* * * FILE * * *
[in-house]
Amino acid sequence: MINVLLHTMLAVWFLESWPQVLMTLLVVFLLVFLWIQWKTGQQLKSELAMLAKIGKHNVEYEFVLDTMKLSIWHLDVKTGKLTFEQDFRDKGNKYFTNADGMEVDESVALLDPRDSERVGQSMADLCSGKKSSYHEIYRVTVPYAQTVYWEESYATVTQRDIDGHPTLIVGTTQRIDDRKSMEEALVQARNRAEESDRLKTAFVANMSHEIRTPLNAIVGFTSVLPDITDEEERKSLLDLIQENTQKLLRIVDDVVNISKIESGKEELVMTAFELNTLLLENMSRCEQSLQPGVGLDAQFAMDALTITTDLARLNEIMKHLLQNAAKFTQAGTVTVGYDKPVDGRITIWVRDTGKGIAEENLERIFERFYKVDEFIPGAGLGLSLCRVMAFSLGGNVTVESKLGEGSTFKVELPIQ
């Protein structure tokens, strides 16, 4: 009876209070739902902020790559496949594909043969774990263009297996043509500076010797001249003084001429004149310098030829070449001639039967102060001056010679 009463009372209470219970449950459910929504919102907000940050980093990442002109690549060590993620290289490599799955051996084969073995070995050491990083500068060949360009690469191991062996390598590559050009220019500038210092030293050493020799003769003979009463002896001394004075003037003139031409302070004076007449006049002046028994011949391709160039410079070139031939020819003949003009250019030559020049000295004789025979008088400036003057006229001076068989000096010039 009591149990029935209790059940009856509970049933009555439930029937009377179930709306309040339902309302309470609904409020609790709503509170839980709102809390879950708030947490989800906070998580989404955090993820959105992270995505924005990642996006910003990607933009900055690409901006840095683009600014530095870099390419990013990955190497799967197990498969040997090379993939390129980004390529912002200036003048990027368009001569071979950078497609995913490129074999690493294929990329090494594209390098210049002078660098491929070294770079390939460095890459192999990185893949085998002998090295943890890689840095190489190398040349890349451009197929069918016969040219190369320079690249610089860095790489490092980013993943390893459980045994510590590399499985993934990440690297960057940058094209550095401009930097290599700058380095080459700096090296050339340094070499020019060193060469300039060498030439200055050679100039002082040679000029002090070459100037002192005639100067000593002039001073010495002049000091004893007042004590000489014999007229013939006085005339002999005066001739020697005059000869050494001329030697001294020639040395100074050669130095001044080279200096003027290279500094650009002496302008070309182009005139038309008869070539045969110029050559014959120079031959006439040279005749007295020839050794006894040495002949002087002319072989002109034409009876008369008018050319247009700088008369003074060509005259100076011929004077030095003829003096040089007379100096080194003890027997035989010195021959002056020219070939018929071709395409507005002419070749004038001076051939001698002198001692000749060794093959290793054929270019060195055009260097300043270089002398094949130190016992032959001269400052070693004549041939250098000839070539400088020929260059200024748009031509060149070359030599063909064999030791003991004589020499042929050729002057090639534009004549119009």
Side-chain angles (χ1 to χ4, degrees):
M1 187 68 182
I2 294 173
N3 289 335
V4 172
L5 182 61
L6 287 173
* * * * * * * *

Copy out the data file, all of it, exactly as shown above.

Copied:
[in-house]
Amino acid sequence: MINVLLHTMLAVWFLESWPQVLMTLLVVFLLVFLWIQWKTGQQLKSELAMLAKIGKHNVEYEFVLDTMKLSIWHLDVKTGKLTFEQDFRDKGNKYFTNADGMEVDESVALLDPRDSERVGQSMADLCSGKKSSYHEIYRVTVPYAQTVYWEESYATVTQRDIDGHPTLIVGTTQRIDDRKSMEEALVQARNRAEESDRLKTAFVANMSHEIRTPLNAIVGFTSVLPDITDEEERKSLLDLIQENTQKLLRIVDDVVNISKIESGKEELVMTAFELNTLLLENMSRCEQSLQPGVGLDAQFAMDALTITTDLARLNEIMKHLLQNAAKFTQAGTVTVGYDKPVDGRITIWVRDTGKGIAEENLERIFERFYKVDEFIPGAGLGLSLCRVMAFSLGGNVTVESKLGEGSTFKVELPIQ
């Protein structure tokens, strides 16, 4: 009876209070739902902020790559496949594909043969774990263009297996043509500076010797001249003084001429004149310098030829070449001639039967102060001056010679 009463009372209470219970449950459910929504919102907000940050980093990442002109690549060590993620290289490599799955051996084969073995070995050491990083500068060949360009690469191991062996390598590559050009220019500038210092030293050493020799003769003979009463002896001394004075003037003139031409302070004076007449006049002046028994011949391709160039410079070139031939020819003949003009250019030559020049000295004789025979008088400036003057006229001076068989000096010039 009591149990029935209790059940009856509970049933009555439930029937009377179930709306309040339902309302309470609904409020609790709503509170839980709102809390879950708030947490989800906070998580989404955090993820959105992270995505924005990642996006910003990607933009900055690409901006840095683009600014530095870099390419990013990955190497799967197990498969040997090379993939390129980004390529912002200036003048990027368009001569071979950078497609995913490129074999690493294929990329090494594209390098210049002078660098491929070294770079390939460095890459192999990185893949085998002998090295943890890689840095190489190398040349890349451009197929069918016969040219190369320079690249610089860095790489490092980013993943390893459980045994510590590399499985993934990440690297960057940058094209550095401009930097290599700058380095080459700096090296050339340094070499020019060193060469300039060498030439200055050679100039002082040679000029002090070459100037002192005639100067000593002039001073010495002049000091004893007042004590000489014999007229013939006085005339002999005066001739020697005059000869050494001329030697001294020639040395100074050669130095001044080279200096003027290279500094650009002496302008070309182009005139038309008869070539045969110029050559014959120079031959006439040279005749007295020839050794006894040495002949002087002319072989002109034409009876008369008018050319247009700088008369003074060509005259100076011929004077030095003829003096040089007379100096080194003890027997035989010195021959002056020219070939018929071709395409507005002419070749004038001076051939001698002198001692000749060794093959290793054929270019060195055009260097300043270089002398094949130190016992032959001269400052070693004549041939250098000839070539400088020929260059200024748009031509060149070359030599063909064999030791003991004589020499042929050729002057090639534009004549119009």
Side-chain angles (χ1 to χ4, degrees):
M1 187 68 182
I2 294 173
N3 289 335
V4 172
L5 182 61
L6 287 173